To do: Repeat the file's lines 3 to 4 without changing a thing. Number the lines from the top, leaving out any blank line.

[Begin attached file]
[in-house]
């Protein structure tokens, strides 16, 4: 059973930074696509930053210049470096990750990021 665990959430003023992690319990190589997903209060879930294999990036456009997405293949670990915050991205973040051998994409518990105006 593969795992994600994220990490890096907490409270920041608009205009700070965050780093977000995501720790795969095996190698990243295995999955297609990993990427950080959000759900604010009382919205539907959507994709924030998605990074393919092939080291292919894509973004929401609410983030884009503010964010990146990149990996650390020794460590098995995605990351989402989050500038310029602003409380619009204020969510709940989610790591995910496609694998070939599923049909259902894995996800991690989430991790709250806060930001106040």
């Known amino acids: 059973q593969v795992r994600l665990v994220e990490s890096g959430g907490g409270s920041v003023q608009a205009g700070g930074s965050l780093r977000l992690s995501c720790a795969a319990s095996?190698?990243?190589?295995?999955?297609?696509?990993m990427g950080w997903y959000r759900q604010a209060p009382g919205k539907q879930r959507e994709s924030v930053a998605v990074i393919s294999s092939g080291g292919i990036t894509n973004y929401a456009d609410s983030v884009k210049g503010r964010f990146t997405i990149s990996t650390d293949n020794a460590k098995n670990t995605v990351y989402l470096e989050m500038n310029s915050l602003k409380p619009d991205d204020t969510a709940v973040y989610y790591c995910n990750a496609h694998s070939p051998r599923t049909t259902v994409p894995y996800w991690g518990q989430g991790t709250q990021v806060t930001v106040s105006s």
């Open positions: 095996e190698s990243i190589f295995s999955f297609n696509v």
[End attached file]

């Known amino acids: 059973q593969v795992r994600l665990v994220e990490s890096g959430g907490g409270s920041v003023q608009a205009g700070g930074s965050l780093r977000l992690s995501c720790a795969a319990s095996?190698?990243?190589?295995?999955?297609?696509?990993m990427g950080w997903y959000r759900q604010a209060p009382g919205k539907q879930r959507e994709s924030v930053a998605v990074i393919s294999s092939g080291g292919i990036t894509n973004y929401a456009d609410s983030v884009k210049g503010r964010f990146t997405i990149s990996t650390d293949n020794a460590k098995n670990t995605v990351y989402l470096e989050m500038n310029s915050l602003k409380p619009d991205d204020t969510a709940v973040y989610y790591c995910n990750a496609h694998s070939p051998r599923t049909t259902v994409p894995y996800w991690g518990q989430g991790t709250q990021v806060t930001v106040s105006s």
């Open positions: 095996e190698s990243i190589f295995s999955f297609n696509v």